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New York Times October 7, 2009
established a channel of communication, aimed also
Anyone Out There?
at us.
Look up at the stars and ask yourself: What scares
me more? To be alone in the universe, or to know
that there’s someone else up there?
It’s easy to see that such a channel would probably
use radio waves as the most efficient way of
transmitting a signal. The two men suggested
frequencies for us to listen in on, using the new
It’s an age-old question, as valid for you and me as
antennas of radio-astronomy, just then coming of
it was for Giordano Bruno when he wrote about an
“infinity of worlds” before being burnt at the stake
in 1600.
They had no clue as to what to listen for, of course.
Prime number sequences? Digits of pi? No use
But 50 years ago last month, a letter to the
guessing, just trust them.
magazine Nature ended the passive, look-up-and
ponder attitude by proposing a scientific,
experimental approach. We don’t have an answer
yet (or you and I would know), but in the process
we have come up with quite a tale to tell.
The suggestion of the two physicists fired quite a bit
of enthusiasm. Almost immediately, Frank Drake,
at the newly created National Radio Astronomy
Observatory, started Project Ozma, the first radio
search for an intelligent signal. Since then, over 100
Giuseppe Cocconi (1914-2008) and Phil Morrison
search programs have been carried out, culminating
(1915-2005) were both accomplished physicists
in the biggest of them all, SETI (Search for
when they wrote “Search for Interstellar
ExtraTerrestrial Intelligence), still going strong.
Communications” (Nature, Sept. 19, 1959). Mr.
Cocconi started his life in science doing
experiments with the physicist Enrico Fermi and
later had a brilliant career at the European Particle
Physics Laboratory (CERN) in Geneva. Mr.
Morrison, professor at M.I.T., had been a group
leader in the Manhattan Project.
Their letter to Nature reported the obvious. At the
time, they had no evidence of the existence of
planets around stars and no clue about life on them,
much less on any evolution of technological
societies. But if there are intelligent beings
somewhere out there, they wrote, they may have
All to no avail, of course: not an intelligent peep on
any antenna. Does this mean that we are alone in
the sky? Not at all. As Francis Bacon wrote, “They
are ill discoverers that think there is no land, when
they can see nothing but the sea.”
SETI itself, and its predecessors, have prompted a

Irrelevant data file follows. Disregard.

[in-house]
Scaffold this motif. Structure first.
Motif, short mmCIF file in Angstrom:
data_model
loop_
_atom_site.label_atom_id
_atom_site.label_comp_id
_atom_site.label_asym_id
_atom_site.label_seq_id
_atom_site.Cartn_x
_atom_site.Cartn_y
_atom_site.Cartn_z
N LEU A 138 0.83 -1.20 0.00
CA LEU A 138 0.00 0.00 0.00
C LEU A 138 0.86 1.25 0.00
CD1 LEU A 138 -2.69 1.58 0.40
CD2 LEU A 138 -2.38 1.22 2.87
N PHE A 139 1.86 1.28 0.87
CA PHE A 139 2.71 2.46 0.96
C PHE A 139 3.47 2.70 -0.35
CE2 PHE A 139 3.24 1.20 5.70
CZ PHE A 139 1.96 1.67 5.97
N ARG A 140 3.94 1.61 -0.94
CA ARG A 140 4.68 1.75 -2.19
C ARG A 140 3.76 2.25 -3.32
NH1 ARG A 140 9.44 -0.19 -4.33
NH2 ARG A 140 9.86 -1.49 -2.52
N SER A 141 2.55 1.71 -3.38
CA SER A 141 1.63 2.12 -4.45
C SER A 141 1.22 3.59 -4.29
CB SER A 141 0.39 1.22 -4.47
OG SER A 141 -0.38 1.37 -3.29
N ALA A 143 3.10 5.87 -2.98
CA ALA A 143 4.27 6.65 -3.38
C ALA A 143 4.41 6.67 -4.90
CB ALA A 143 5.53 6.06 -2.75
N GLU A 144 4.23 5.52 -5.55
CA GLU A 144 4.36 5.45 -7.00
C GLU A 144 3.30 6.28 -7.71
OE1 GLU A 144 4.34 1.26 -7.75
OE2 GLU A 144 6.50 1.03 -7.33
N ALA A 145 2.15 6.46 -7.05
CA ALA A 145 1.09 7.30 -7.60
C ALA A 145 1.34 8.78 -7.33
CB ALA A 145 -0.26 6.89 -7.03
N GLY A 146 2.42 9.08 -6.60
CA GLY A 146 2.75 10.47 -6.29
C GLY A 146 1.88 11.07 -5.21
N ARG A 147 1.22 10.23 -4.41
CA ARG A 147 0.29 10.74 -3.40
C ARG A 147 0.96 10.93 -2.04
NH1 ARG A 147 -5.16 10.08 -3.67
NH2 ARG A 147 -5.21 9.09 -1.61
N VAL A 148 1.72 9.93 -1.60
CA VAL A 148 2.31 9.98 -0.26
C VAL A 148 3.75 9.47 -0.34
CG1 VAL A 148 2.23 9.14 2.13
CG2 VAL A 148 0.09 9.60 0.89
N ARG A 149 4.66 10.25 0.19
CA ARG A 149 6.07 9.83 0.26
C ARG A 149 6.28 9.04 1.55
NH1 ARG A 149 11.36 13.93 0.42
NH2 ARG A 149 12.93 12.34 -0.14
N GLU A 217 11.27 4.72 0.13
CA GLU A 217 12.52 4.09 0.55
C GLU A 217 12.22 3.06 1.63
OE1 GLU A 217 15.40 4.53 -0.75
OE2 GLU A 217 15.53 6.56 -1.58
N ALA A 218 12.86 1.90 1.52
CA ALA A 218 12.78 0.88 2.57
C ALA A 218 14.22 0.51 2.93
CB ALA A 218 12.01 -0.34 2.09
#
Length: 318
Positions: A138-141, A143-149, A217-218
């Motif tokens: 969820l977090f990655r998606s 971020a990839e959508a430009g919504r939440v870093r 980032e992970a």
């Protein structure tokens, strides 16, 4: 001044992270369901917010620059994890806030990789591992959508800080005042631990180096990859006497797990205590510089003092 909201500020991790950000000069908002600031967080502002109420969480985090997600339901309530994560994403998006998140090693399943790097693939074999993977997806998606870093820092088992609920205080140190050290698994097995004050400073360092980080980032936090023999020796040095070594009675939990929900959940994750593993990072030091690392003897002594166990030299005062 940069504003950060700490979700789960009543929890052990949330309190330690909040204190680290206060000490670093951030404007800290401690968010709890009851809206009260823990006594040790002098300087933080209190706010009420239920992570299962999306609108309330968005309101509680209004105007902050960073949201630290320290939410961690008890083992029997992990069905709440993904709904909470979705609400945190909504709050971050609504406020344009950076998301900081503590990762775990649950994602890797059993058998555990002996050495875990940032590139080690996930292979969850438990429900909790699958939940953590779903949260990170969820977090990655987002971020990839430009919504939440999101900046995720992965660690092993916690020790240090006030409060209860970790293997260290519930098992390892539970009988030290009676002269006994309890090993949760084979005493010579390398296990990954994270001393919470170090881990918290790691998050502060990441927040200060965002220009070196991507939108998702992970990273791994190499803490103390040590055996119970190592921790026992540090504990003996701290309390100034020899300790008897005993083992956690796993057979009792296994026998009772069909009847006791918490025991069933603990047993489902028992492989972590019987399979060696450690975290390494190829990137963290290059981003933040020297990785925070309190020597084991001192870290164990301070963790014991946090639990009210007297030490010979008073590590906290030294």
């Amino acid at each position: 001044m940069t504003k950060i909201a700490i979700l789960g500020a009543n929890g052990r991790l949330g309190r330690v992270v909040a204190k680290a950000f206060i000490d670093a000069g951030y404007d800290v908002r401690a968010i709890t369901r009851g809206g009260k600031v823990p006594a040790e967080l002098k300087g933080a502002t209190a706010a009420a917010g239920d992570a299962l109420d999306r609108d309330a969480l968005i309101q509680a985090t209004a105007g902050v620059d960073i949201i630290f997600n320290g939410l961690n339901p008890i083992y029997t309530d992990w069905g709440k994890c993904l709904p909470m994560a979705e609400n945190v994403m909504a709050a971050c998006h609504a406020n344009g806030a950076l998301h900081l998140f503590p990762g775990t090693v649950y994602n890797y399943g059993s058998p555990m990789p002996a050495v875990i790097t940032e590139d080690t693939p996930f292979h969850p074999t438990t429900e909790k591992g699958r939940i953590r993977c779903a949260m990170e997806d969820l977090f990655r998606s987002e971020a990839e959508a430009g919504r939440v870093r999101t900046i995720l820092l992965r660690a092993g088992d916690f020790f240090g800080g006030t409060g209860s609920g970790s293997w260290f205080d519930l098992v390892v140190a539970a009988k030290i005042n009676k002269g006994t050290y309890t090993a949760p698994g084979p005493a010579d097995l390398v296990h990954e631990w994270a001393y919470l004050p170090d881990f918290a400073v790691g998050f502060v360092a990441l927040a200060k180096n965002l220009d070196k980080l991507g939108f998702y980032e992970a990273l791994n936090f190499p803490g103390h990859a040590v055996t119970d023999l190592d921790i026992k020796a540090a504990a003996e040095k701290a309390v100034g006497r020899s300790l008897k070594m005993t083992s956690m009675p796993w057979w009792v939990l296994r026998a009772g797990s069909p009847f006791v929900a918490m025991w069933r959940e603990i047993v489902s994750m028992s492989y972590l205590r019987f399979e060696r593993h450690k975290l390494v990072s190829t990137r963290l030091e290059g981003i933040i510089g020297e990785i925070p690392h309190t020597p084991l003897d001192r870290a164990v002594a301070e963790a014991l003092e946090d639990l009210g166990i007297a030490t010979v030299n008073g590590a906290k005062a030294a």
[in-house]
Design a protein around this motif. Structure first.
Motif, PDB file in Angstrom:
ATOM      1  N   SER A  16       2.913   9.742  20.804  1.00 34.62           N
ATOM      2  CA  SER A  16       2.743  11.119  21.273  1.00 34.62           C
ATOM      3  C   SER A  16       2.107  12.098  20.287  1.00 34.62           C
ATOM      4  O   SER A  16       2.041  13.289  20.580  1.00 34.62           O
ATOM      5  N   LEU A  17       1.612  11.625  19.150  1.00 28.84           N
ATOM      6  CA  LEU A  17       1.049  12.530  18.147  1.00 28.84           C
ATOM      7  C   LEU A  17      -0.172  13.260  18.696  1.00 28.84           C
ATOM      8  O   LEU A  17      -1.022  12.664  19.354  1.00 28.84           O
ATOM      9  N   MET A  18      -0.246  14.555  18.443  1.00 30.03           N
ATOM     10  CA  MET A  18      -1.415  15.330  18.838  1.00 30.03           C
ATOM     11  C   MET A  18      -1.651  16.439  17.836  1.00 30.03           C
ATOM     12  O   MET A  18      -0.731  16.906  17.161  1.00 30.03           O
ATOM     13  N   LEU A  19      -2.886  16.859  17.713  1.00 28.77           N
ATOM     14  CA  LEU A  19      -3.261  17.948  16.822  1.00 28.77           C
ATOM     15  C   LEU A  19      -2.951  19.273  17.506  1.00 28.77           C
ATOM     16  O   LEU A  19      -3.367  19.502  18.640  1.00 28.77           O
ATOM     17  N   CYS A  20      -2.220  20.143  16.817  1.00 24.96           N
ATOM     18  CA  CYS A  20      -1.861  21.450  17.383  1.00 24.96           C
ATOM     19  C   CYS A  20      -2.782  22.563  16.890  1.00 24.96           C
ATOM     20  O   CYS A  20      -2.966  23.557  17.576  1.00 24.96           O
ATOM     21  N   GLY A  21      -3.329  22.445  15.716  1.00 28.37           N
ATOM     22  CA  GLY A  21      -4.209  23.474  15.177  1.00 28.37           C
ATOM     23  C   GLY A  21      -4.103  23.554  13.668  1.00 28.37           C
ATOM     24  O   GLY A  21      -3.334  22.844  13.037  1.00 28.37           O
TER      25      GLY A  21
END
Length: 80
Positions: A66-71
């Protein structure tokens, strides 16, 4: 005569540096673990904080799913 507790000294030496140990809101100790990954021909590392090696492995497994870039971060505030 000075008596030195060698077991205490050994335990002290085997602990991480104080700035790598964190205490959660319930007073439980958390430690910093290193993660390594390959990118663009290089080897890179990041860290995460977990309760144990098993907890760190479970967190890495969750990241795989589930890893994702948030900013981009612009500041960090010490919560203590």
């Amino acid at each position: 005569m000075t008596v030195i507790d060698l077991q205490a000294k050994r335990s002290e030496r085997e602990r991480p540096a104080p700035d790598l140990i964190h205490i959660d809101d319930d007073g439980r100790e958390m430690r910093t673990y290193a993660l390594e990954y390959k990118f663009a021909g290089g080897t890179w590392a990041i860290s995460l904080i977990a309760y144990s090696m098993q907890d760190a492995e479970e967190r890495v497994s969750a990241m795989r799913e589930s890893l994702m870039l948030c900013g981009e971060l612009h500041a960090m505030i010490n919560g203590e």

small revolution in science, technology and
sociology. Over 50 years, our ability to search for
radio signals has increased 10,000 times more than
the increase in sensitivity enjoyed by all optical
astronomy in the 400 years since Galileo.
SETI has also been able to survive dramatic funding
The only thing we can safely discard is the
cuts, notably from NASA, and is now thriving on
“directed panspermia” theory of Francis Crick and
mostly private support. It does so through the
Leslie Orgel. In 1973, the DNA Nobel discoverer
extraordinary involvement of the public.
and his co-author theorized that “organisms were
deliberately transmitted to earth by intelligent
The enormous computer power necessary to process
beings on another planet.” That would require
all the radio signals collected from the sky is now
enthusiastically supplied by a network of close to a
living matter travelling to us from another star. An
million personal computers. Download SETI
implausible prospect, we now think.
software as your (fascinating) screensaver and you
could, one day, be the first to spot an extraterrestrial
signal — an irresistible prospect to many.
While we are making palpable progress on the
emergence of life, we are definitely stuck on
assessing the chances of life forms being capable of
Meanwhile, astronomy from ground and space has
sending radio signals. We still have a sample of just
found extra-solar planets. The first was discovered
one, our own planet. The visible proof of it, from
in 1995 around a nondescript local star. Nearly 400
the outside, is a sphere of radio and TV waves
more are now catalogued in one of the greatest
expanding in all directions at the speed of light.
leaps of astronomical discovery. We have today a
good insight into the existence of planets: We know
they are the norm, not the exception, around stars.
In the century that has elapsed since Guglielmo
Marconi started sending radio signals, this sphere
must have engulfed the many stars surrounding us
With 100 billion stars in our galaxy alone, we have
within 100 light years. Of course, it has become
ground for optimism about the emergence of life
much stronger in recent decades: In Italy, it is
somewhere else.
affectionately known as the “Berlusconi Bubble.”
Data are accumulating on organic materials in outer
It is debatable whether TV commercials are really
space. Some important building blocks of life, such
the message our civilization wants to convey to our
as amino acids and sugars, are now routinely found
galactic neighbors. What cannot be debated,
in meteorites and in extraterrestrial environments.
however, is the final sentence of the Cocconi and
Recently, NASA brought back some amino acids
Morrison letter, urging us to listen for interstellar
straight from a comet’s tail.
messages: “... success is difficult to estimate, but, if
we never search, the chance of success is zero.”
Complex organic molecules just randomly present
in the stuff our solar system was made from?
Panspermia — the theory that life seeds came from
outer space — confirmed? Too early to tell.
Giovanni F. Bignami, former president of the Italian
Space Agency, is professor of astronomy at
the Instituto Universitario di Studi Superiori in Pavia,
Italy, and the Accademia dei Lincei in Rome.